In November, Boulder voters cast their ballots for a number of issues such as increased taxes and open space protection. But the issue of affordable housing dominated much of the 2019 election, with many Boulder City Council candidates positioning it as a key policy. Four out of five Boulder activist groups named affordable housing as one of their main focuses in choosing candidates in the 2019 election. But for many residents, it remains a perplexing issue.
Jay Sugnet, senior planner at the City of Boulder’s Department of Housing and Human Services, said Boulder was one of the first cities to adopt an affordable housing program back in the ‘80s.
“There was a general concern that Boulder was more expensive than other parts of the state,” Sugnet said.
Despite a long history of affordable housing initiatives, the issue persists.
According to the city, only 7.8% of housing units in Boulder qualify as affordable for low and moderate-income households.
The average price for a detached single-family home in Boulder is estimated at over $1.2 million, with the median price being nearly $1 million. From 2014 to 2017, the number of single-family homes in Boulder County listed for under $250,000 decreased by 72% and the number of attached dwellings listed for under $150,000 decreased by 87% as reported by The Denver Post.
The City of Boulder offers three different homeownership programs: the Permanently Affordable Homes Program, which offers homes for below market-rates, the Down Payment Assistance Grant and Down Payment Assistance Loan.
In addition, Boulder Housing Partners, the city’s housing authority, builds, owns and manages separate affordable housing. It manages two public housing communities and offers housing choice vouchers which allow residents to pay a fixed percentage of their income in rent. It also provides a list of affordable rental properties in Boulder.
Eligibility for these programs is based on income compared to the area’s median income. According to the U.S. Census Bureau, Boulder’s 2017 median household income is $64,183 while Boulder County’s is $75,669. The median household income for the country is $57,652.
Regardless of these programs, housing is still unattainable for many. According to the city’s communication department, only about 37% of city workers live in Boulder. Sugnet said that number is going to keep decreasing.
“Boulder needs to be a well-rounded community, one where people can work, live affordably and have access to the amenities and services they need,” said Eric Budd, a representative from activist group Better Boulder.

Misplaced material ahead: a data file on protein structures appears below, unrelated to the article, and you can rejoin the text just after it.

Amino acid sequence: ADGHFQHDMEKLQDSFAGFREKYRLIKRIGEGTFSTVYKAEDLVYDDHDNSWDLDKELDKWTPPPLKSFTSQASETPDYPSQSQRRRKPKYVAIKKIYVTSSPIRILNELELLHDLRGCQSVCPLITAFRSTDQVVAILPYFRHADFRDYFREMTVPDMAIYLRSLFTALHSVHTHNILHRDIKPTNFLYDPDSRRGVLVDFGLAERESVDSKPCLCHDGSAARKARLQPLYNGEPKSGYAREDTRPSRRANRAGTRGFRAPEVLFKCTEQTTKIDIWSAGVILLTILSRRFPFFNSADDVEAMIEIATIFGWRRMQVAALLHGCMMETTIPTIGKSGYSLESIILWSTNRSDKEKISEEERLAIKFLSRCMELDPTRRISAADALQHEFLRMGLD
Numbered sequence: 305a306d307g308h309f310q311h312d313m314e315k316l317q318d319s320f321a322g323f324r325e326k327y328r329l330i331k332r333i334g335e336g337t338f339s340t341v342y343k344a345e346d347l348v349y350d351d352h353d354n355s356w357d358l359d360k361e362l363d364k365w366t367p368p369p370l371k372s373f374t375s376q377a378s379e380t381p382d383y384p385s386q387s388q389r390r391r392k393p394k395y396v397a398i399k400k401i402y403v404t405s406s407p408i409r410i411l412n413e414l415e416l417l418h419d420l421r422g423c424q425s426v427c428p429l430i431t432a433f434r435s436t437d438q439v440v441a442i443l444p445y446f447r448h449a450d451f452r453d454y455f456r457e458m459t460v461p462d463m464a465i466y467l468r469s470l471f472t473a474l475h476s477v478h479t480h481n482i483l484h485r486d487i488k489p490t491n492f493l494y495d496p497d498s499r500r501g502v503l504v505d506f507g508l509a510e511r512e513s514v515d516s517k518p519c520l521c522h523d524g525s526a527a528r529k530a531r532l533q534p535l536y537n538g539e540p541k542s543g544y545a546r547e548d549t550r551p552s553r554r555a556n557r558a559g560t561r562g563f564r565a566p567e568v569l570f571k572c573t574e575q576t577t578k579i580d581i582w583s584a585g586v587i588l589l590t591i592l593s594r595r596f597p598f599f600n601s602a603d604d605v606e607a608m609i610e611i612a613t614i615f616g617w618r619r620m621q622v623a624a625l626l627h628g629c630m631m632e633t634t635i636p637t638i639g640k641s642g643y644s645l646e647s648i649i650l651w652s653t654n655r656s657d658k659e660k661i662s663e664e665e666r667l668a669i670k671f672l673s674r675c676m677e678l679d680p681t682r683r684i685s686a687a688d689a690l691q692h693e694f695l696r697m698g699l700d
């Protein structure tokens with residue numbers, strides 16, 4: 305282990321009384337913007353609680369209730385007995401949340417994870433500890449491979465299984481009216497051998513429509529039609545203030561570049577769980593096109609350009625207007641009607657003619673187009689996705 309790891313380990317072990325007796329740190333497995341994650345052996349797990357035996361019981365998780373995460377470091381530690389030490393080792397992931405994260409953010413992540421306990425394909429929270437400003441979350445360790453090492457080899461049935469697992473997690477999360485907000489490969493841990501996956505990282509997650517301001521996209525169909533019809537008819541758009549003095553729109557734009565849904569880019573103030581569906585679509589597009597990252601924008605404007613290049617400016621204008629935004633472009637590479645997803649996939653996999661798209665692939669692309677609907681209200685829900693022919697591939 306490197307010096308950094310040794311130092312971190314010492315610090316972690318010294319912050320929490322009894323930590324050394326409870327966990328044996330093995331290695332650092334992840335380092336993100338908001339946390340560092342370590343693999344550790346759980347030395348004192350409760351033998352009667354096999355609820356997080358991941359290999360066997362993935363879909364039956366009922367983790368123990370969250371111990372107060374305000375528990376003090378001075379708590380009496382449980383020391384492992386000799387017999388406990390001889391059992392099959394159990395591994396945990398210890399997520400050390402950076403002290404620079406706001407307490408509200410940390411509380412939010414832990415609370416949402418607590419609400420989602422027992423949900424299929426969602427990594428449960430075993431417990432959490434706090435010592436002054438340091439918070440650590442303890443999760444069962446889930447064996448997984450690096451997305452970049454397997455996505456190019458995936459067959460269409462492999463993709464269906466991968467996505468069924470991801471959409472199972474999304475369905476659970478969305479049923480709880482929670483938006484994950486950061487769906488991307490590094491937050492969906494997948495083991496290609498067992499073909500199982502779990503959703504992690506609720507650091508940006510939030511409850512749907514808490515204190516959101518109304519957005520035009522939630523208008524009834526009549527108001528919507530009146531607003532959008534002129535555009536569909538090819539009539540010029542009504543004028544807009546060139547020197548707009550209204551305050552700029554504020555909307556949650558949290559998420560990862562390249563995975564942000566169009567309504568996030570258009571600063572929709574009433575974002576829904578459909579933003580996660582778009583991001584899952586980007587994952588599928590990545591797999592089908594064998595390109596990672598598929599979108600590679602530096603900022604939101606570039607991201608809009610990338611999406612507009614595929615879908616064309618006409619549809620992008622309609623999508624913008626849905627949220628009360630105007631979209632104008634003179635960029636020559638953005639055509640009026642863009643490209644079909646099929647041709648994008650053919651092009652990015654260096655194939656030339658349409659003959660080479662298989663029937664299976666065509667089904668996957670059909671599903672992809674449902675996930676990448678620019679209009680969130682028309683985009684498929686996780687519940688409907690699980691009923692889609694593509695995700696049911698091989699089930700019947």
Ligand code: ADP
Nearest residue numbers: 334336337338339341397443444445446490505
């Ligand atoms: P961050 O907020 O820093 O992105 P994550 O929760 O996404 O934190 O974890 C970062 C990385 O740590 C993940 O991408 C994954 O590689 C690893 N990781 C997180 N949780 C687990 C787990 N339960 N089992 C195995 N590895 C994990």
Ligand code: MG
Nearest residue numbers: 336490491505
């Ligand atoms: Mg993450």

One frequently proposed solution is rent control which establishes a maximum price on what rent can cost in a certain area.
California, Oregon, New Jersey, New York, Maryland and the District of Columbia all implement some form of rent control on the state-level or in individual municipalities.
However, controlling rent on private residences is forbidden in Colorado per a 1981 law. A bill to repeal that law failed to pass earlier this year.
Local laws often prevent proposed housing solutions. Budd said that duplexes, triplexes and townhomes are not allowed in the city due to its zoning laws.
“The median price of a detached, single-family home in Boulder is $1 million,” Budd said. “In order to serve more people and promote compact, sustainable development, Boulder needs to legalize duplexes, triplexes and townhomes to create the kind of affordability we need.”
The city also faces problems with its existing services.
“We have a lot more demand for housing than we have supply,” Sugnet said. “So the challenge is that if we advertise a lot more, more people are going to be disappointed.”
As the system is now, Sugnet said that some residents have been waiting several years to find a home. When affordable properties do become available, it often creates competition, leading to randomized lotteries selecting who gets to buy the home.
In addition to low supply, there can be resistance to creating more affordable housing options.
“Oftentimes, there’s neighborhood opposition to affordable housing,” Sugnet said. “People in the community still view affordable housing as something that will bring additional crime and reduce their property values, whereas the evidence proves otherwise.”
Despite this, many community members do advocate for affordable housing.
Holly DeHoog, a long-time Boulder resident, said that most of her friends and all but one of her children have been forced to move out of Boulder in recent years due to housing prices. DeHoog’s 92-year-old father spends more than 70% of his fixed monthly income on housing.
“Affordable housing is the key,” DeHoog said.
“What we need is additional funding to construct new units and preserve the affordability,” Sugnet said.
Sugnet hopes to gain that additional funding through a 2020 Boulder County ballot measure that, if passed, would implement a sales tax, raising approximately $20 million annually for affordable housing. The measure, originally intended for the November 2019 election, was pushed back in April.
Contact CU Independent Managing Editor Hannah Metzger at email@example.com.